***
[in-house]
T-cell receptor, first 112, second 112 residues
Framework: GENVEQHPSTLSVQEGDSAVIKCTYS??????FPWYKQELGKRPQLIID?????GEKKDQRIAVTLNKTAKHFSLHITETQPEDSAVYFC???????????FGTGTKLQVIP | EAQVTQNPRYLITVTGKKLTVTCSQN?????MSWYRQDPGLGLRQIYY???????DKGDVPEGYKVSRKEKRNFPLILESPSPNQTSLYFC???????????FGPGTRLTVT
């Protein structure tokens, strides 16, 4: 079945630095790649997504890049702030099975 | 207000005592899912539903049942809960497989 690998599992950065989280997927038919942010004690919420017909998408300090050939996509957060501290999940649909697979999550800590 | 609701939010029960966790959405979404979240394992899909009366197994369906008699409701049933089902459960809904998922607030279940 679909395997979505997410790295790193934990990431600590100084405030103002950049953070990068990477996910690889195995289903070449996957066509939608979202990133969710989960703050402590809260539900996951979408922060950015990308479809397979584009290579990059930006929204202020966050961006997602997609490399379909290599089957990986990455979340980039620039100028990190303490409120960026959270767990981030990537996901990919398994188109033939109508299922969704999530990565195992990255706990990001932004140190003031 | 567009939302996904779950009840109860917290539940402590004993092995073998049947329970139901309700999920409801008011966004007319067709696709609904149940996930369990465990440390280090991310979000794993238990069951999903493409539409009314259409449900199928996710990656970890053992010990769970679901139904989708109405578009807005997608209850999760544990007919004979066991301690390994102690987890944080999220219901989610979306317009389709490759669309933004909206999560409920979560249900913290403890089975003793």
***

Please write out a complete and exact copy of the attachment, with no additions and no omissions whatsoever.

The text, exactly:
[in-house]
T-cell receptor, first 112, second 112 residues
Framework: GENVEQHPSTLSVQEGDSAVIKCTYS??????FPWYKQELGKRPQLIID?????GEKKDQRIAVTLNKTAKHFSLHITETQPEDSAVYFC???????????FGTGTKLQVIP | EAQVTQNPRYLITVTGKKLTVTCSQN?????MSWYRQDPGLGLRQIYY???????DKGDVPEGYKVSRKEKRNFPLILESPSPNQTSLYFC???????????FGPGTRLTVT
């Protein structure tokens, strides 16, 4: 079945630095790649997504890049702030099975 | 207000005592899912539903049942809960497989 690998599992950065989280997927038919942010004690919420017909998408300090050939996509957060501290999940649909697979999550800590 | 609701939010029960966790959405979404979240394992899909009366197994369906008699409701049933089902459960809904998922607030279940 679909395997979505997410790295790193934990990431600590100084405030103002950049953070990068990477996910690889195995289903070449996957066509939608979202990133969710989960703050402590809260539900996951979408922060950015990308479809397979584009290579990059930006929204202020966050961006997602997609490399379909290599089957990986990455979340980039620039100028990190303490409120960026959270767990981030990537996901990919398994188109033939109508299922969704999530990565195992990255706990990001932004140190003031 | 567009939302996904779950009840109860917290539940402590004993092995073998049947329970139901309700999920409801008011966004007319067709696709609904149940996930369990465990440390280090991310979000794993238990069951999903493409539409009314259409449900199928996710990656970890053992010990769970679901139904989708109405578009807005997608209850999760544990007919004979066991301690390994102690987890944080999220219901989610979306317009389709490759669309933004909206999560409920979560249900913290403890089975003793």